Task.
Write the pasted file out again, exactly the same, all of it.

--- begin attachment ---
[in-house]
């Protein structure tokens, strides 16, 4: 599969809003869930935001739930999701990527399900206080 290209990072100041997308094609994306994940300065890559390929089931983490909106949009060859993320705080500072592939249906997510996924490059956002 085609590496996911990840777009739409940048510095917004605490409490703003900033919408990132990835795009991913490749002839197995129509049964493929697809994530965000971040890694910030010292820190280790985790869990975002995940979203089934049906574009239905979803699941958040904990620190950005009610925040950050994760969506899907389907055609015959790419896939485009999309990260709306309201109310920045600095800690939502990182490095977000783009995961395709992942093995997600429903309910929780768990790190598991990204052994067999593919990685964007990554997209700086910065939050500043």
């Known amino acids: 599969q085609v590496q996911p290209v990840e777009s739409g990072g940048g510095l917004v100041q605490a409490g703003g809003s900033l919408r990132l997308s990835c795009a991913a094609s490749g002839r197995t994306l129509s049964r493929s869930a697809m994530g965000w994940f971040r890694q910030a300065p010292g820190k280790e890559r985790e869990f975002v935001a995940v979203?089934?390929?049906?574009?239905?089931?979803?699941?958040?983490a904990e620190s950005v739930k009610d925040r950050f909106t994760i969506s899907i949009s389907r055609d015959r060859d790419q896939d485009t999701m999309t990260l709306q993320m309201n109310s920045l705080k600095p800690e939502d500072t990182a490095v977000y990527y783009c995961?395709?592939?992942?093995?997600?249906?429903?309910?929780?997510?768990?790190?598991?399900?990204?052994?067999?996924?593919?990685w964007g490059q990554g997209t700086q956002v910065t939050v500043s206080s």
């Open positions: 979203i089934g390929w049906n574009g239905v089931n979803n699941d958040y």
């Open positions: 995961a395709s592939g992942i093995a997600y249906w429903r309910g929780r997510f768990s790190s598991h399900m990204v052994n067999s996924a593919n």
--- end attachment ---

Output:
[in-house]
């Protein structure tokens, strides 16, 4: 599969809003869930935001739930999701990527399900206080 290209990072100041997308094609994306994940300065890559390929089931983490909106949009060859993320705080500072592939249906997510996924490059956002 085609590496996911990840777009739409940048510095917004605490409490703003900033919408990132990835795009991913490749002839197995129509049964493929697809994530965000971040890694910030010292820190280790985790869990975002995940979203089934049906574009239905979803699941958040904990620190950005009610925040950050994760969506899907389907055609015959790419896939485009999309990260709306309201109310920045600095800690939502990182490095977000783009995961395709992942093995997600429903309910929780768990790190598991990204052994067999593919990685964007990554997209700086910065939050500043």
């Known amino acids: 599969q085609v590496q996911p290209v990840e777009s739409g990072g940048g510095l917004v100041q605490a409490g703003g809003s900033l919408r990132l997308s990835c795009a991913a094609s490749g002839r197995t994306l129509s049964r493929s869930a697809m994530g965000w994940f971040r890694q910030a300065p010292g820190k280790e890559r985790e869990f975002v935001a995940v979203?089934?390929?049906?574009?239905?089931?979803?699941?958040?983490a904990e620190s950005v739930k009610d925040r950050f909106t994760i969506s899907i949009s389907r055609d015959r060859d790419q896939d485009t999701m999309t990260l709306q993320m309201n109310s920045l705080k600095p800690e939502d500072t990182a490095v977000y990527y783009c995961?395709?592939?992942?093995?997600?249906?429903?309910?929780?997510?768990?790190?598991?399900?990204?052994?067999?996924?593919?990685w964007g490059q990554g997209t700086q956002v910065t939050v500043s206080s």
């Open positions: 979203i089934g390929w049906n574009g239905v089931n979803n699941d958040y």
């Open positions: 995961a395709s592939g992942i093995a997600y249906w429903r309910g929780r997510f768990s790190s598991h399900m990204v052994n067999s996924a593919n």